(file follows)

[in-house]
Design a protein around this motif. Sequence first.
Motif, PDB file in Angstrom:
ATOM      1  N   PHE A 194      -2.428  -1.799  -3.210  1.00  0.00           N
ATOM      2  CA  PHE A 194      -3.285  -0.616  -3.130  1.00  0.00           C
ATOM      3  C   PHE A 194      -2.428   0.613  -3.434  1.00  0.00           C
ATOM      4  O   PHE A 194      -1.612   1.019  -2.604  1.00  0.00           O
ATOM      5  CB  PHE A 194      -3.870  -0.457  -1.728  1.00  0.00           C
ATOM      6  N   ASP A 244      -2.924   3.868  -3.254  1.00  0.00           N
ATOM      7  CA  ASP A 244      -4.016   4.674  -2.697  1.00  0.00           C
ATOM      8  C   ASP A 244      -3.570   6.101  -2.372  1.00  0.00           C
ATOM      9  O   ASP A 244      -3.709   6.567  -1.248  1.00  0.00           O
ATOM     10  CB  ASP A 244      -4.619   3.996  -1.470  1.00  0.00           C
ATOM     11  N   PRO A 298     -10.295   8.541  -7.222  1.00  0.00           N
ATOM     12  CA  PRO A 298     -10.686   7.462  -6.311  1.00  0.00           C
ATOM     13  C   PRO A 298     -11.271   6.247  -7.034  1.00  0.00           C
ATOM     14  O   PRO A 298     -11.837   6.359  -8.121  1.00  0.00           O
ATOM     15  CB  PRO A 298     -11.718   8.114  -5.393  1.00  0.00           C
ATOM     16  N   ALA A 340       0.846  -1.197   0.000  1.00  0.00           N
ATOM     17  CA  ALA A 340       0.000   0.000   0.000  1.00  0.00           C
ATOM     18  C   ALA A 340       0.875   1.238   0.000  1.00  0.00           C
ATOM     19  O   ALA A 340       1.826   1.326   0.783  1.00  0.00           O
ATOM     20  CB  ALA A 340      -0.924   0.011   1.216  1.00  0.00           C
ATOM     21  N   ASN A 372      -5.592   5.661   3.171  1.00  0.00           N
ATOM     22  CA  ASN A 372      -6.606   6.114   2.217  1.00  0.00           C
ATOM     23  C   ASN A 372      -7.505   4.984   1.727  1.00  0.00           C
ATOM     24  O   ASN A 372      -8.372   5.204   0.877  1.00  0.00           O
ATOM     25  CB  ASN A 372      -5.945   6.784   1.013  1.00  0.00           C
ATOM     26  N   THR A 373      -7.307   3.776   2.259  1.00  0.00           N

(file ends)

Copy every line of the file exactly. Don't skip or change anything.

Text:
[in-house]
Design a protein around this motif. Sequence first.
Motif, PDB file in Angstrom:
ATOM      1  N   PHE A 194      -2.428  -1.799  -3.210  1.00  0.00           N
ATOM      2  CA  PHE A 194      -3.285  -0.616  -3.130  1.00  0.00           C
ATOM      3  C   PHE A 194      -2.428   0.613  -3.434  1.00  0.00           C
ATOM      4  O   PHE A 194      -1.612   1.019  -2.604  1.00  0.00           O
ATOM      5  CB  PHE A 194      -3.870  -0.457  -1.728  1.00  0.00           C
ATOM      6  N   ASP A 244      -2.924   3.868  -3.254  1.00  0.00           N
ATOM      7  CA  ASP A 244      -4.016   4.674  -2.697  1.00  0.00           C
ATOM      8  C   ASP A 244      -3.570   6.101  -2.372  1.00  0.00           C
ATOM      9  O   ASP A 244      -3.709   6.567  -1.248  1.00  0.00           O
ATOM     10  CB  ASP A 244      -4.619   3.996  -1.470  1.00  0.00           C
ATOM     11  N   PRO A 298     -10.295   8.541  -7.222  1.00  0.00           N
ATOM     12  CA  PRO A 298     -10.686   7.462  -6.311  1.00  0.00           C
ATOM     13  C   PRO A 298     -11.271   6.247  -7.034  1.00  0.00           C
ATOM     14  O   PRO A 298     -11.837   6.359  -8.121  1.00  0.00           O
ATOM     15  CB  PRO A 298     -11.718   8.114  -5.393  1.00  0.00           C
ATOM     16  N   ALA A 340       0.846  -1.197   0.000  1.00  0.00           N
ATOM     17  CA  ALA A 340       0.000   0.000   0.000  1.00  0.00           C
ATOM     18  C   ALA A 340       0.875   1.238   0.000  1.00  0.00           C
ATOM     19  O   ALA A 340       1.826   1.326   0.783  1.00  0.00           O
ATOM     20  CB  ALA A 340      -0.924   0.011   1.216  1.00  0.00           C
ATOM     21  N   ASN A 372      -5.592   5.661   3.171  1.00  0.00           N
ATOM     22  CA  ASN A 372      -6.606   6.114   2.217  1.00  0.00           C
ATOM     23  C   ASN A 372      -7.505   4.984   1.727  1.00  0.00           C
ATOM     24  O   ASN A 372      -8.372   5.204   0.877  1.00  0.00           O
ATOM     25  CB  ASN A 372      -5.945   6.784   1.013  1.00  0.00           C
ATOM     26  N   THR A 373      -7.307   3.776   2.259  1.00  0.00           N